I thought skin cancer was a white person’s disease

Posted on 15 January 2018

When motivational speaker and actress Naniki Seboni ignored a small mole on her knee, she had no idea how serious the outcome would be.

I call my two scars Ugly Betty and her sister. This was after a close friend, who realised I was struggling to come to terms with my post-surgery body, suggested I name my scars in order to normalise them. I’m particularly sensitive about Ugly Betty – the one in my groin area – and it upsets me to look at it.

I ignored my mole for five years

When I first noticed my mole, it looked like a cute little beauty spot just above my knee. I really liked it – and used to show it off by wearing short skirts. About four years after it first appeared, I bumped myself against a coffee table and it opened up and bled profusely for about 20 minutes. I was alarmed, but once the bleeding stopped I simply became more careful about bumping against furniture.

Later I noticed it had changed shape and now looked more like a fat, squashed fly than anything else. It also started hurting when I wore tight jeans or trousers, so I simply worked around that too. At one point I even tried to bind it off with a piece of thread.

My black friends all said it was nothing to worry about. But my white friends, including my radio production lecturer at the time, urged me to get it checked out. After five years of ignoring my strange little blemish, I eventually booked an appointment with a dermatologist. Two weeks later I got the results back from the biopsy and my world shattered.

As the doctors were telling me I had stage three melanoma (the most severe form), I started making jokes about the “fact” that black people never get skin cancer.

But then it hit me. While they discussed different forms of treatment – including surgery, chemotherapy and radiation – I just switched off. It was a defence mechanism; I just couldn’t handle what they were telling me.

I needed support

I was already struggling with anxiety, insomnia and depression following the unexpected death of my dad from a sudden illness. Now I was forced to confront my own mortality too. Although the dermatologist had scheduled surgery, I was a complete basket case. For six months I was terrified of the operation and kept delaying it. I was even more terrified about chemotherapy or amputation, which were possible outcomes that could only be determined following surgery. I even considered cutting my hair because I did not want to lose it through chemo.

Although my boyfriend, Tumi, was incredibly supportive, I needed help from people who could identify with what I was experiencing. I eventually reached out to a cancer survivors’ support group on social media and I was overwhelmed by how positive and reassuring complete strangers were. With their help, I finally plucked up the courage to follow through with the operation, six months after my diagnosis.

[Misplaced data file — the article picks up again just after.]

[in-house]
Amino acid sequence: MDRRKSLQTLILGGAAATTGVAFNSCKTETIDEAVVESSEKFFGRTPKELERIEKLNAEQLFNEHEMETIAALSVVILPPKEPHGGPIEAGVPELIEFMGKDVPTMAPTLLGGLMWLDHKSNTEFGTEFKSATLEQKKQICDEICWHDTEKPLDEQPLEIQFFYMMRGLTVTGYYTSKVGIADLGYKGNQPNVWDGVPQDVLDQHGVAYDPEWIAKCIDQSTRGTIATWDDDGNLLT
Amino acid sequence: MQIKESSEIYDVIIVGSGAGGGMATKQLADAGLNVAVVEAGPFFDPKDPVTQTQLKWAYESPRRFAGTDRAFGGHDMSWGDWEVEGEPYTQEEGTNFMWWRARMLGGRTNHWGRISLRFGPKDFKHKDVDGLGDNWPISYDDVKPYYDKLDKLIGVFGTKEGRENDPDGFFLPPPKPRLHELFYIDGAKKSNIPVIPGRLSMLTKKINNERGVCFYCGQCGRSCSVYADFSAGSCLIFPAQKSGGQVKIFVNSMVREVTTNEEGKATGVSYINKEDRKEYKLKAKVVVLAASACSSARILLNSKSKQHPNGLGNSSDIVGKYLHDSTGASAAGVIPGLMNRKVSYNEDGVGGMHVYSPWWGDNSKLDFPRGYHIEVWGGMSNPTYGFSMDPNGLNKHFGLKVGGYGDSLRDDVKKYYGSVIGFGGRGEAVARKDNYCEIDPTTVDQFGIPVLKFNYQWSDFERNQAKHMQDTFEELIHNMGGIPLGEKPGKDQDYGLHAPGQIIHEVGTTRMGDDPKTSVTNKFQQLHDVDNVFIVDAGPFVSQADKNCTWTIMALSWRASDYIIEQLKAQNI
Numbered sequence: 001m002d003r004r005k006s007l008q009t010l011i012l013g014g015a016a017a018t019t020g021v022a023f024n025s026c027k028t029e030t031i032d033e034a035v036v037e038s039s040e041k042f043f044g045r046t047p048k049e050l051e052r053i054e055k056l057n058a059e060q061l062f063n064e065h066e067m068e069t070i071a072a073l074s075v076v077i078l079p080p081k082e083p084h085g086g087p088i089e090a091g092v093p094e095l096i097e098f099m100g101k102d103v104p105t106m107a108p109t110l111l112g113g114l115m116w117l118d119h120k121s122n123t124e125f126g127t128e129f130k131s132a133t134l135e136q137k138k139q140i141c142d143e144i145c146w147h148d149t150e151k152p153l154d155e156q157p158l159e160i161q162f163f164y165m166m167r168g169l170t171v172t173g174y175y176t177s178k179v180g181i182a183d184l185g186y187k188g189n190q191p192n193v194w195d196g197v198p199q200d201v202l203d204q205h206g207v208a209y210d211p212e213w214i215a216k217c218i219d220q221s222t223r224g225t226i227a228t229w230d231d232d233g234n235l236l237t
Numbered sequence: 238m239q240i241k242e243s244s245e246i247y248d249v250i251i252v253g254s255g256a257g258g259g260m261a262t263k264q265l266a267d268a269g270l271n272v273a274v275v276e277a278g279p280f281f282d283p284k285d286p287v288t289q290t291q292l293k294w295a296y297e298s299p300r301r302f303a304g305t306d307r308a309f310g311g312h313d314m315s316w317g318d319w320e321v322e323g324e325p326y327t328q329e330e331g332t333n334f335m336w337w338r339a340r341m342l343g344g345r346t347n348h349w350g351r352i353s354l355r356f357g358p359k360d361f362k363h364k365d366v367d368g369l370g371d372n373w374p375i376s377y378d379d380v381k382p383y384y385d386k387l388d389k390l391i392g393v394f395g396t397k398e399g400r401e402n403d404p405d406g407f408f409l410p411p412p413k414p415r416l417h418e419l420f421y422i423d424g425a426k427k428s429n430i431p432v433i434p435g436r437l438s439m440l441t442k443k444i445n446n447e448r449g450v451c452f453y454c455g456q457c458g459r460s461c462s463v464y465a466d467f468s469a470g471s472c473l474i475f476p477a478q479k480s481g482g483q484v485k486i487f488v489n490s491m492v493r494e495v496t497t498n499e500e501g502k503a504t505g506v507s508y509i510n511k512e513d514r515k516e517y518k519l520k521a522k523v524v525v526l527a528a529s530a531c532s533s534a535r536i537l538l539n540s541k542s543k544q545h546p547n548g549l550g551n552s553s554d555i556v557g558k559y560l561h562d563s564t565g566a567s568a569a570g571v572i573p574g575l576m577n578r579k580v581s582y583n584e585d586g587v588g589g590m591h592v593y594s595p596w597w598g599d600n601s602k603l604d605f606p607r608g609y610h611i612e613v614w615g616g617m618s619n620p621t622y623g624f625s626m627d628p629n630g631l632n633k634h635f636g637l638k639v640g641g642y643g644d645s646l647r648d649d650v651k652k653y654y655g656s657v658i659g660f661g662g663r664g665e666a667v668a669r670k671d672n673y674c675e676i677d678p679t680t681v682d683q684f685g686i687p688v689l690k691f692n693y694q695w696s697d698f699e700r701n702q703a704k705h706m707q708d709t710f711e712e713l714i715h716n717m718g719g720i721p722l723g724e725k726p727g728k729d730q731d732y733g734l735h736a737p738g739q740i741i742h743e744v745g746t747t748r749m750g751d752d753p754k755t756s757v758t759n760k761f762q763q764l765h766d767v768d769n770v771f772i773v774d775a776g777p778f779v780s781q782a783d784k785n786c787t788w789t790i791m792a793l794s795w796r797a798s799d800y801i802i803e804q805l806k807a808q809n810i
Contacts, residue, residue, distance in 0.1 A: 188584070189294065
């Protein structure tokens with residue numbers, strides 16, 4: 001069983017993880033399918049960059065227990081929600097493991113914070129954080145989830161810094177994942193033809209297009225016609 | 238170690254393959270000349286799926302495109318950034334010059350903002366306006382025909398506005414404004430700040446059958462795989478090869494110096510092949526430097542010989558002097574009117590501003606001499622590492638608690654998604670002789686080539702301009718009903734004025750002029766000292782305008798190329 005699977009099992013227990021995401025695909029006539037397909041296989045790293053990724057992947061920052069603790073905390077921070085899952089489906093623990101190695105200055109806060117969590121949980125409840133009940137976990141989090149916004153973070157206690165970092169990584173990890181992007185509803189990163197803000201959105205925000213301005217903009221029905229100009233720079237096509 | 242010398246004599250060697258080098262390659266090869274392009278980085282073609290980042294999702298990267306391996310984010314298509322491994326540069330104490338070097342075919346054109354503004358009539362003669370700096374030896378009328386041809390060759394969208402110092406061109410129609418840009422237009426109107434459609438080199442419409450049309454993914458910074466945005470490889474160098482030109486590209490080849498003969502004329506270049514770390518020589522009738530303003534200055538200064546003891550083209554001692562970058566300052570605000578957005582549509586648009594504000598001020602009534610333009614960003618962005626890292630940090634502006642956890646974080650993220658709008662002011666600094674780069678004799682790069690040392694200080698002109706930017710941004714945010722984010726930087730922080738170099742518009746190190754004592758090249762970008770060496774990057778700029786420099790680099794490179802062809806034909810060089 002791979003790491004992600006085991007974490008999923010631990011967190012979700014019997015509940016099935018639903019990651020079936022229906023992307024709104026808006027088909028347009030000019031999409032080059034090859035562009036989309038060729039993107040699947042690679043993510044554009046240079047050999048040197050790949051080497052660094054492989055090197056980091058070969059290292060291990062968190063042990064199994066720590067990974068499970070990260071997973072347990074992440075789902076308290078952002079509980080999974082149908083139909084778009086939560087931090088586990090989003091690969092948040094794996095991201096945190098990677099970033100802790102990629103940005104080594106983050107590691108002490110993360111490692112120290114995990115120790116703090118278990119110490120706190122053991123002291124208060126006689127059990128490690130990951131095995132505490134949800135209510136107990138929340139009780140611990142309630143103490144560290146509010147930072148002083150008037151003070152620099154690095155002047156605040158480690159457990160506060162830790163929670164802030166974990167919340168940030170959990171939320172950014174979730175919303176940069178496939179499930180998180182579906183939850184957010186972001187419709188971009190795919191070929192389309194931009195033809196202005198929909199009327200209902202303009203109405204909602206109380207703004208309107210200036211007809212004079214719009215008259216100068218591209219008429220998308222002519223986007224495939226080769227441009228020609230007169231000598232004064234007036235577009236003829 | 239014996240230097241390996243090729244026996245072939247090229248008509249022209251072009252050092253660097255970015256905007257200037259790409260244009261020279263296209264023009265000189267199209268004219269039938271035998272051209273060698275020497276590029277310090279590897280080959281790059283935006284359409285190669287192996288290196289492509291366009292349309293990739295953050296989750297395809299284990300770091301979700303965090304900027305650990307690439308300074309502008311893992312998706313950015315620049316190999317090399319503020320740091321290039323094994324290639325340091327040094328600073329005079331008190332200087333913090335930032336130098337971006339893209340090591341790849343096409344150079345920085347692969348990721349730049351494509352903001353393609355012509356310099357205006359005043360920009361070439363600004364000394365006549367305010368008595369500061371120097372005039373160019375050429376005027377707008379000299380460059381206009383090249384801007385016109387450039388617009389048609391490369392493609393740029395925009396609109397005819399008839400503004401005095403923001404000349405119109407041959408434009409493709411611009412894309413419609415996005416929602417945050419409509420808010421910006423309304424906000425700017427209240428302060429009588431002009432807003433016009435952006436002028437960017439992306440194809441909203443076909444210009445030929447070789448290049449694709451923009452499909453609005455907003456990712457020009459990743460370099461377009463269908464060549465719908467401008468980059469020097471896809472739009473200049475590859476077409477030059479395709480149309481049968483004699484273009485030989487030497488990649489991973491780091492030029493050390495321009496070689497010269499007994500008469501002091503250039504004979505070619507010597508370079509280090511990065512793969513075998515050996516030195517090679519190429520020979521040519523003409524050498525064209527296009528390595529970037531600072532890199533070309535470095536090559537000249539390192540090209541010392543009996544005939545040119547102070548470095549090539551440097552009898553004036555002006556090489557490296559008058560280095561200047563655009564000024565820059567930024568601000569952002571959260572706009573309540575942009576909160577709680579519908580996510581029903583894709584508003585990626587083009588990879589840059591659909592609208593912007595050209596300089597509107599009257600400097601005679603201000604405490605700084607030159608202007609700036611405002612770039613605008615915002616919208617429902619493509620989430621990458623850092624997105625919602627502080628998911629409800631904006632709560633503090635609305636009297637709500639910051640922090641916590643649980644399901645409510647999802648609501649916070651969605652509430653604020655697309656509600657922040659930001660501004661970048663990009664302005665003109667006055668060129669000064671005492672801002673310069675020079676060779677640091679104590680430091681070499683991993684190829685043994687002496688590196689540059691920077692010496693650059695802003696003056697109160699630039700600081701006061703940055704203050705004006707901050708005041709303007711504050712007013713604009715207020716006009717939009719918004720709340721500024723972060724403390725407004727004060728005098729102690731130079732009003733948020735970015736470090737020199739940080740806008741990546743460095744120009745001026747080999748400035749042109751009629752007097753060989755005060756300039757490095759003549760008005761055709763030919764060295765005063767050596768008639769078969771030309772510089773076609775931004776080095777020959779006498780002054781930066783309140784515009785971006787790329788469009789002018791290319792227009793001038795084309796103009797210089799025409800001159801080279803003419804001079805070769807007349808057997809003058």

I’m so angry with myself

Because I’d waited so long to have my mole examined, the cancer had spread to the lymph nodes in my groin. After the surgery I was on crutches for two months because walking was too painful. Thankfully I did not need chemotherapy, but I am still angry with myself for not seeing a doctor earlier. I’ve subsequently learned that my grandmother had skin cancer.

The scar on my leg makes me feel a little self-conscious when I’m wearing skirts. But if I think about how fortunate I am to be alive, these blemishes don’t bother me at all.

Since the operation to remove my malignant melanoma, the pain has subsided, and although I still feel discomfort when I’m driving and changing gears, I can now walk properly again. Plus, I’ve turned my experience into a positive one.

I’m now a spokesperson for Cancervive – a special initiative of the organisation People Living With Cancer – and I encourage people not to make my mistake.

My message is: no matter what your skin colour, have any suspicious-looking moles investigated by a doctor.

Types of skin cancer

Melanoma develops from cells called melanocytes (pigment-making cells) in the skin.

It may arise from existing moles or out of the blue. The majority of melanomas appear on parts of the body that aren’t exposed to the sun. If they are not picked up early and treated, they can be fatal. Melanoma presents as a tan to pitch-black spot or nodule on the skin. Some do not have the characteristic pigment and are called amelanotic melanomas.

Get yourself checked if your mole has an irregular shape (asymmetrical), has variation in colour (different colors within the same lesion), has vague borders, or starts to grow.

Basal Cell Carcinoma is a slow-growing, locally invasive cancer of the skin. It occurs on sun-exposed skin only (often the face), and typically looks like a translucent papule or nodule with a raised pearly edge and small red blood vessels on the surface. Treatment includes cauterisation and curettage or surgical excision after confirmation by biopsy.

Squamous Cell Carcinoma can develop in different regions of the skin as well as the mouth, oesophagus and genitalia. A typical lesion is a firm nodule that may be ulcerated and fungating. If not removed early, it may spread to the lymph nodes or via bloodflow to other organs. Treatment includes surgical excision, cauterisation and curettage, and radiotherapy

  1. Melanoma                                       
  2. Basal Cell Carcinoma         
  3. Squamous Cell Carcinoma

types of skin cancer

 

Published in Magazine

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